A hard money loan is a type of financing that a borrower receives with physical property used as loan collateral. The loan – most often issued by private investors or non-bank financial companies – is typically used to provide relatively short-term financing. Hard money lenders expect to see their principal loan amount, plus interest, within one to five years.
Because of the relatively short life and greater risk associated with hard money loans, the interest rates on such loans are usually steeper than the rates for more conventional property loans.
Hard money loans are a source of financing backed by physical assets (usually real estate).
Lenders use the loan-to-value (LTV) metric to determine how much capital they can safely offer in the loan.
The loans are usually costlier than other loan types; therefore, they should only be used if a traditional loan is not an option.
Hard Money Loan Amounts
The hard money lender determines how much they can offer to a borrower by using the loan to value (LTV) ratio. The LTV metric is calculated as the total loan amount divided by the value of the property used to back the loan.
The LTV ratio is important to investors/lenders because it helps them numerically express the strength of the loan. Hard money lenders typically offer a loan amount that is 65% to 75% of the collateral asset’s value. Therefore, if the loan is a mortgage loan, the borrower is asked to put up a down payment of 25% to 35%.
Using conservative loan-to-value ratios enables hard money lenders to rest fairly well assured that if they need to foreclose the property, they should able to quickly resell it for a profit – that is, for considerably more than they loaned against it.
The Reputation of Hard Money Loans
In the past, hard money loans suffered a bad reputation, primarily due to the fact that a number of predatory lenders decided to offer high-risk, high-interest loans to clients who didn’t understand what they signed up for. The lenders’ goal was to offer loans backed by real estate, knowing that they would ultimately foreclose on the properties.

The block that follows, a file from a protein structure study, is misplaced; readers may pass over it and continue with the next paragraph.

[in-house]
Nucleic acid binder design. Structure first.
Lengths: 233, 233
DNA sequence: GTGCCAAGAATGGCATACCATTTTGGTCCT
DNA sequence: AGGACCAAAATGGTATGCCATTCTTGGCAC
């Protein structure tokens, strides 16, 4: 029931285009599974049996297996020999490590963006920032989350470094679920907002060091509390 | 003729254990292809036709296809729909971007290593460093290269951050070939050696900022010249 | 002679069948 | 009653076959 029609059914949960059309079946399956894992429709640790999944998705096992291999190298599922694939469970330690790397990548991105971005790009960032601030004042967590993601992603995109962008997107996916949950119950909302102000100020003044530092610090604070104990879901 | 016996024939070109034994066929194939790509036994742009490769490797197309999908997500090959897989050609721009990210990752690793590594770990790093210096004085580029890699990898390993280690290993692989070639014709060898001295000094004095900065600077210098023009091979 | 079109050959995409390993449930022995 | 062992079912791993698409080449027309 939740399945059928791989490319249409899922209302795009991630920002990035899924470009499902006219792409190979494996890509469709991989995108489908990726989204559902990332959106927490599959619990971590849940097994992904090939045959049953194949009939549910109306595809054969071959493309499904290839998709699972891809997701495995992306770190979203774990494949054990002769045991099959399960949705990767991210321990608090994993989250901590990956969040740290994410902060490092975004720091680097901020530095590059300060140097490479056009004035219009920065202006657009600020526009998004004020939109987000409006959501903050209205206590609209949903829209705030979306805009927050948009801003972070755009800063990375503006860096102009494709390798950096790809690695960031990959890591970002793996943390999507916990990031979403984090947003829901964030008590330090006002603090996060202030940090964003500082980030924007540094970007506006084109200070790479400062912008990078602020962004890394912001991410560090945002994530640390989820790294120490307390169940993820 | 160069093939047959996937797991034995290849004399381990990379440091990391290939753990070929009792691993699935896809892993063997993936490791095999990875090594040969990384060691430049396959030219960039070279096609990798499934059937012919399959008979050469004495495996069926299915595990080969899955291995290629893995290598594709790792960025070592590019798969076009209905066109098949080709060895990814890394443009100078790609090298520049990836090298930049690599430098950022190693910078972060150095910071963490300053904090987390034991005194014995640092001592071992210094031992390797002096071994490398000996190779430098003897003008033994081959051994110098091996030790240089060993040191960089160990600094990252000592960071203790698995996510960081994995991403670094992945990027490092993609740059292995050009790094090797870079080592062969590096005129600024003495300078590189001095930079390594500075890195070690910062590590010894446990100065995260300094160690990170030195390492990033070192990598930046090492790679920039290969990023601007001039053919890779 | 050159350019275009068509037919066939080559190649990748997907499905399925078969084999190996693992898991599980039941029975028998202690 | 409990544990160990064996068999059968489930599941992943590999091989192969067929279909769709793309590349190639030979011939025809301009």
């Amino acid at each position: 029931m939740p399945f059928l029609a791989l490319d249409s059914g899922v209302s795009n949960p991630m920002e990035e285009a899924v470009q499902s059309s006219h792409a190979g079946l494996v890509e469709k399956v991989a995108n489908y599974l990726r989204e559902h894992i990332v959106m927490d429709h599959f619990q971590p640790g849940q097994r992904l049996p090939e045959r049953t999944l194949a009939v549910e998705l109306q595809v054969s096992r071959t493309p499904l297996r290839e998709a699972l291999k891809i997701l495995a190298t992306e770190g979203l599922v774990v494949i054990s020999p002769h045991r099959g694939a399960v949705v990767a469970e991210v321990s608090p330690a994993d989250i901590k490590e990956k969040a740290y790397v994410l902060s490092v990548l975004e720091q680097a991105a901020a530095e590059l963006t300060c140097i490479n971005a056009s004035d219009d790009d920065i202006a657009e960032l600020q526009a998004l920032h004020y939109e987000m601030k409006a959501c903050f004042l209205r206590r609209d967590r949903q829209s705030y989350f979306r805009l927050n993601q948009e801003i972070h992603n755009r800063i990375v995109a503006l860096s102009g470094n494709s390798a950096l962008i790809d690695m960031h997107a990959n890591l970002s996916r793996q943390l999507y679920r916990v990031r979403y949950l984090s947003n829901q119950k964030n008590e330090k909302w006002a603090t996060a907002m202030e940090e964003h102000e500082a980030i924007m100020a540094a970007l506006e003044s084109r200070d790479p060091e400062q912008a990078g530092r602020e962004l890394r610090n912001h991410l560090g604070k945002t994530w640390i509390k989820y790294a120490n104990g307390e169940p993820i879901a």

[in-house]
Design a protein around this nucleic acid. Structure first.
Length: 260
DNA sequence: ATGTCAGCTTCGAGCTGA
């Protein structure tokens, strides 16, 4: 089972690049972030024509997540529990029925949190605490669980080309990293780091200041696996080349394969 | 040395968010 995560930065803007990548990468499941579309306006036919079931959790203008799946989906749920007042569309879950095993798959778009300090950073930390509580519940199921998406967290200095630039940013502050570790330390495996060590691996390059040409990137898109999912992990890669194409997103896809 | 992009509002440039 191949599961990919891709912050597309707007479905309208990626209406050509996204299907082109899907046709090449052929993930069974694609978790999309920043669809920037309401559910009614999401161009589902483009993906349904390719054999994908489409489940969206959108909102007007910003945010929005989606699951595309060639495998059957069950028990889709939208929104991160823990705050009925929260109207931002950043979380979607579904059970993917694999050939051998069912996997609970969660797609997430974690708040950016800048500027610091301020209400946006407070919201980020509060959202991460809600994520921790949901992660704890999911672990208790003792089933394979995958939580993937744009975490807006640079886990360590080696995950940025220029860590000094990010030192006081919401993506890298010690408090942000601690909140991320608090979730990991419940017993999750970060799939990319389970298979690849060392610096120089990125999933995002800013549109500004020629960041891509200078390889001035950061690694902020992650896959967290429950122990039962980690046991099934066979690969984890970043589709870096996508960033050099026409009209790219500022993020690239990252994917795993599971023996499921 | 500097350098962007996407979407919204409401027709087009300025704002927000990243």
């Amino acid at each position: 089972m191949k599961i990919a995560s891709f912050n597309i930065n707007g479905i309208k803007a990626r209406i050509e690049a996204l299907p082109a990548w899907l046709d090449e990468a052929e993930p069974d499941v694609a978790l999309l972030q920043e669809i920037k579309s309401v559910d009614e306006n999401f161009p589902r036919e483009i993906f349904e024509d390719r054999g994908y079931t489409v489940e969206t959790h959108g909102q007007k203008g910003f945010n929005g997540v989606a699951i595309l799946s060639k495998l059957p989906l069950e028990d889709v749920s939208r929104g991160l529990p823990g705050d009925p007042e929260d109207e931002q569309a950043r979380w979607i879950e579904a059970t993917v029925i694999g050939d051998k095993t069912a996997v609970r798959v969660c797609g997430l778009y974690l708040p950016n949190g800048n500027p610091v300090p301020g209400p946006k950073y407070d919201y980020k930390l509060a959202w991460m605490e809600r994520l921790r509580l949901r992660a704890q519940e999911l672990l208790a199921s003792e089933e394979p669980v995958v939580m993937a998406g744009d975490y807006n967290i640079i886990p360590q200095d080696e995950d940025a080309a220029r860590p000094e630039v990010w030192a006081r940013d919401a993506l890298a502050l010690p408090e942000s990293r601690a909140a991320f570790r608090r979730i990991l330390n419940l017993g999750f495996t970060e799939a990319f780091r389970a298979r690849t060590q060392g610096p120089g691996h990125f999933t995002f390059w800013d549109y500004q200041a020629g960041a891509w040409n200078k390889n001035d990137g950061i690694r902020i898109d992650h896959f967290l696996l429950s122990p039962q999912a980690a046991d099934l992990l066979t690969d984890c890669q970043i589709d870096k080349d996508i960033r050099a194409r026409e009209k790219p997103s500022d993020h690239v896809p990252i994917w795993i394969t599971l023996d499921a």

In the past several decades, the Federal Reserve used regulations and mandates to prevent predatory lending practices. Still, for many, hard money loans are looked at as less than reputable.
What Hard Money Loans Should Be Used For
Hard money loans are typically best suited for deals that involve properties and real estate. Almost all hard money loans use some type of real estate as collateral. However, they may sometimes be backed with other hard assets. The loans’ real appeal for a borrower is that they can be a source of financing when traditional loans aren’t available or when the borrower needs to secure financing quickly.
The loans can ideally be used:
If the borrower possesses a less-than-perfect credit score (hard money lenders focus on the value of the property rather than on the borrower’s credit score)
When financing for a project is needed immediately (hard money lenders deliver loan funds substantially faster than traditional lenders usually do)
When an individual or group plans to purchase a property, fix it up, and flip it immediately (if the borrower expects to be able to pay back the loan in a short period of time, the higher interest rate charged by hard money lenders does not present as much of a problem)
Finding a Hard Money Lender
In order to obtain a hard money loan, borrowers must get connected with investors. It’s not usually difficult to ask locally and find individuals or companies that give out loans backed by real estate. Real estate agents are a great tool to utilize in such regard. Above all, it’s important to speak with several lenders, make sure they are credible, look at their track record of hard money loans, and how profitable the venture ended up being for the borrower.
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